From Moneyball To Bullpenning : An Analysis of Baseball Strategy

dc.contributor.advisorHess, Jeanne L., 1958-
dc.contributor.authorVroom, Koji
dc.descriptioniv, 25 p.en_US
dc.description.abstractThe way baseball teams are put together has been changing ever since the beginning of professional baseball, many of the changes have been the result of statistical analysis and in depth player evaluations. In Major League Baseball teams spend anywhere from $40 million to upwards of $200 million on their roster each season in hope of winning a World Series, using a variety of strategies to construct their rosters. The vast difference in budgets forces the low budget teams to build their teams in a different manner than those that can afford the best, most expensive players. The research in this paper studies the different strategies that teams use to build their teams, how players are valued, and if there are alternative strategies that could be successful for teams in the future. This paper analyzes hitting and pitching separately, instead of just a team's wins and losses, because a team may have built a productive offense that did not produce wins due to a poorly constructed pitching staff. After analyzing the success of different strategies, this paper analyzes the cost of the different strategies and the players that make them work. The results of this paper discuss which strategies work best, which strategies can be afforded by teams with a lower budget, and which strategies should be used in the future.en_US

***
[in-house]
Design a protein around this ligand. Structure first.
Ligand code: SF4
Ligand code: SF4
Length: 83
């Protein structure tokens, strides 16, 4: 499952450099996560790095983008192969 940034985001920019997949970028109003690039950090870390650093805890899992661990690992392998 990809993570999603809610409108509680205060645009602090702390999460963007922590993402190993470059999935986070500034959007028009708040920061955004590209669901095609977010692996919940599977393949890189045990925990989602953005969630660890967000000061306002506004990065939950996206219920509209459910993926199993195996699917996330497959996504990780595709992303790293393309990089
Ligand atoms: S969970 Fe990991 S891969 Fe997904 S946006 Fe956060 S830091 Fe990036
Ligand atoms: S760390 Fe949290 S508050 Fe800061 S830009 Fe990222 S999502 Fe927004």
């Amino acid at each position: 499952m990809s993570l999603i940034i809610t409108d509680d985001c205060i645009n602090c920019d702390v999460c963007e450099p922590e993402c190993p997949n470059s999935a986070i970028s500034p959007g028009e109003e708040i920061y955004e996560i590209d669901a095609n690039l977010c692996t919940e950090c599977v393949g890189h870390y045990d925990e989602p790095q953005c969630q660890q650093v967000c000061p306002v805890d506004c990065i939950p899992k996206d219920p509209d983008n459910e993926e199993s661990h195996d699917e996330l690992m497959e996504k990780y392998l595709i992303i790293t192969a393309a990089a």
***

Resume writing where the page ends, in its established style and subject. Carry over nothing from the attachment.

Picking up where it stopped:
dc.publisherKalamazoo, Mich. : Kalamazoo College.en_US
dc.relation.ispartofKalamazoo College Physical Education Senior Individualized Projects Collection
dc.rightsU.S. copyright laws protect this material. Commercial use or distribution of this material is not permitted without prior written permission of the copyright holder. All rights reserved.
dc.titleFrom Moneyball To Bullpenning : An Analysis of Baseball Strategyen_US